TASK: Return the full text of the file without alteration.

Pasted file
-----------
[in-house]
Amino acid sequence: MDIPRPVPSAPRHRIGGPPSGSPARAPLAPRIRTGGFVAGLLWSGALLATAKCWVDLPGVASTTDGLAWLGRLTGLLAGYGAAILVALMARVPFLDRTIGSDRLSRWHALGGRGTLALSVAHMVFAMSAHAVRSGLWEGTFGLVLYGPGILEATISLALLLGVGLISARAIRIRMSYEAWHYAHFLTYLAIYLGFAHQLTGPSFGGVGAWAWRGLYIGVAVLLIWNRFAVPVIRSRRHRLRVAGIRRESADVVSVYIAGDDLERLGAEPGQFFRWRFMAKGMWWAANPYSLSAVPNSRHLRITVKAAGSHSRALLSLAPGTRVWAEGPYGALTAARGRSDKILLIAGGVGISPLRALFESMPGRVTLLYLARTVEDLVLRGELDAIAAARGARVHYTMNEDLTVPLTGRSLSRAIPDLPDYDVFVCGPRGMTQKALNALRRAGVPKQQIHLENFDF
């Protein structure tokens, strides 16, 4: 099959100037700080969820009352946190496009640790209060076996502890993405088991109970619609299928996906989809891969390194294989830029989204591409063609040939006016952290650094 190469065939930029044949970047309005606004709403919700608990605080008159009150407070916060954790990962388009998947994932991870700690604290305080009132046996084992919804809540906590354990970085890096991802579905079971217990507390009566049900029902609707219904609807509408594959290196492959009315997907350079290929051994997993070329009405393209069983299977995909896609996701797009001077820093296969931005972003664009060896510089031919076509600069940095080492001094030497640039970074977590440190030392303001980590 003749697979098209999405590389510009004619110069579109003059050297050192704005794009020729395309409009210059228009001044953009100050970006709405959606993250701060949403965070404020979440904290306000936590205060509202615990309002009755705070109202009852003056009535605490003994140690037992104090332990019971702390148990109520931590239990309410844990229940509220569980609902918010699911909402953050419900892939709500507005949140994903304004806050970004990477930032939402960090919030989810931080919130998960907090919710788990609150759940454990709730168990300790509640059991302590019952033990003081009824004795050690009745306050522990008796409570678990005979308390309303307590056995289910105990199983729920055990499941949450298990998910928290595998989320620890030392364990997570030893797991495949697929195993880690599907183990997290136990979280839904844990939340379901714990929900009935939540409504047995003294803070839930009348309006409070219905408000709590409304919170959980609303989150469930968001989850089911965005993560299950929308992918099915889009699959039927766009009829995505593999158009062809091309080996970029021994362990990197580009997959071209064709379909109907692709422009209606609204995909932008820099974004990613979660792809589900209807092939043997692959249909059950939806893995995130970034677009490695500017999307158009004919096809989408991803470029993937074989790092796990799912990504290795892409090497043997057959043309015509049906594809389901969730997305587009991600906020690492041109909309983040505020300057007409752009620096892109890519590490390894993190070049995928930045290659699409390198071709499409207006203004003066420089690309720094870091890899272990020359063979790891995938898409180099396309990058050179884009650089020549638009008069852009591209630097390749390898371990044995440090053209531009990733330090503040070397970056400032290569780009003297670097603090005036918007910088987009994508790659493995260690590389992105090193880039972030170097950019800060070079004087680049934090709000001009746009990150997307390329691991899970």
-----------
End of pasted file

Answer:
[in-house]
Amino acid sequence: MDIPRPVPSAPRHRIGGPPSGSPARAPLAPRIRTGGFVAGLLWSGALLATAKCWVDLPGVASTTDGLAWLGRLTGLLAGYGAAILVALMARVPFLDRTIGSDRLSRWHALGGRGTLALSVAHMVFAMSAHAVRSGLWEGTFGLVLYGPGILEATISLALLLGVGLISARAIRIRMSYEAWHYAHFLTYLAIYLGFAHQLTGPSFGGVGAWAWRGLYIGVAVLLIWNRFAVPVIRSRRHRLRVAGIRRESADVVSVYIAGDDLERLGAEPGQFFRWRFMAKGMWWAANPYSLSAVPNSRHLRITVKAAGSHSRALLSLAPGTRVWAEGPYGALTAARGRSDKILLIAGGVGISPLRALFESMPGRVTLLYLARTVEDLVLRGELDAIAAARGARVHYTMNEDLTVPLTGRSLSRAIPDLPDYDVFVCGPRGMTQKALNALRRAGVPKQQIHLENFDF
């Protein structure tokens, strides 16, 4: 099959100037700080969820009352946190496009640790209060076996502890993405088991109970619609299928996906989809891969390194294989830029989204591409063609040939006016952290650094 190469065939930029044949970047309005606004709403919700608990605080008159009150407070916060954790990962388009998947994932991870700690604290305080009132046996084992919804809540906590354990970085890096991802579905079971217990507390009566049900029902609707219904609807509408594959290196492959009315997907350079290929051994997993070329009405393209069983299977995909896609996701797009001077820093296969931005972003664009060896510089031919076509600069940095080492001094030497640039970074977590440190030392303001980590 003749697979098209999405590389510009004619110069579109003059050297050192704005794009020729395309409009210059228009001044953009100050970006709405959606993250701060949403965070404020979440904290306000936590205060509202615990309002009755705070109202009852003056009535605490003994140690037992104090332990019971702390148990109520931590239990309410844990229940509220569980609902918010699911909402953050419900892939709500507005949140994903304004806050970004990477930032939402960090919030989810931080919130998960907090919710788990609150759940454990709730168990300790509640059991302590019952033990003081009824004795050690009745306050522990008796409570678990005979308390309303307590056995289910105990199983729920055990499941949450298990998910928290595998989320620890030392364990997570030893797991495949697929195993880690599907183990997290136990979280839904844990939340379901714990929900009935939540409504047995003294803070839930009348309006409070219905408000709590409304919170959980609303989150469930968001989850089911965005993560299950929308992918099915889009699959039927766009009829995505593999158009062809091309080996970029021994362990990197580009997959071209064709379909109907692709422009209606609204995909932008820099974004990613979660792809589900209807092939043997692959249909059950939806893995995130970034677009490695500017999307158009004919096809989408991803470029993937074989790092796990799912990504290795892409090497043997057959043309015509049906594809389901969730997305587009991600906020690492041109909309983040505020300057007409752009620096892109890519590490390894993190070049995928930045290659699409390198071709499409207006203004003066420089690309720094870091890899272990020359063979790891995938898409180099396309990058050179884009650089020549638009008069852009591209630097390749390898371990044995440090053209531009990733330090503040070397970056400032290569780009003297670097603090005036918007910088987009994508790659493995260690590389992105090193880039972030170097950019800060070079004087680049934090709000001009746009990150997307390329691991899970």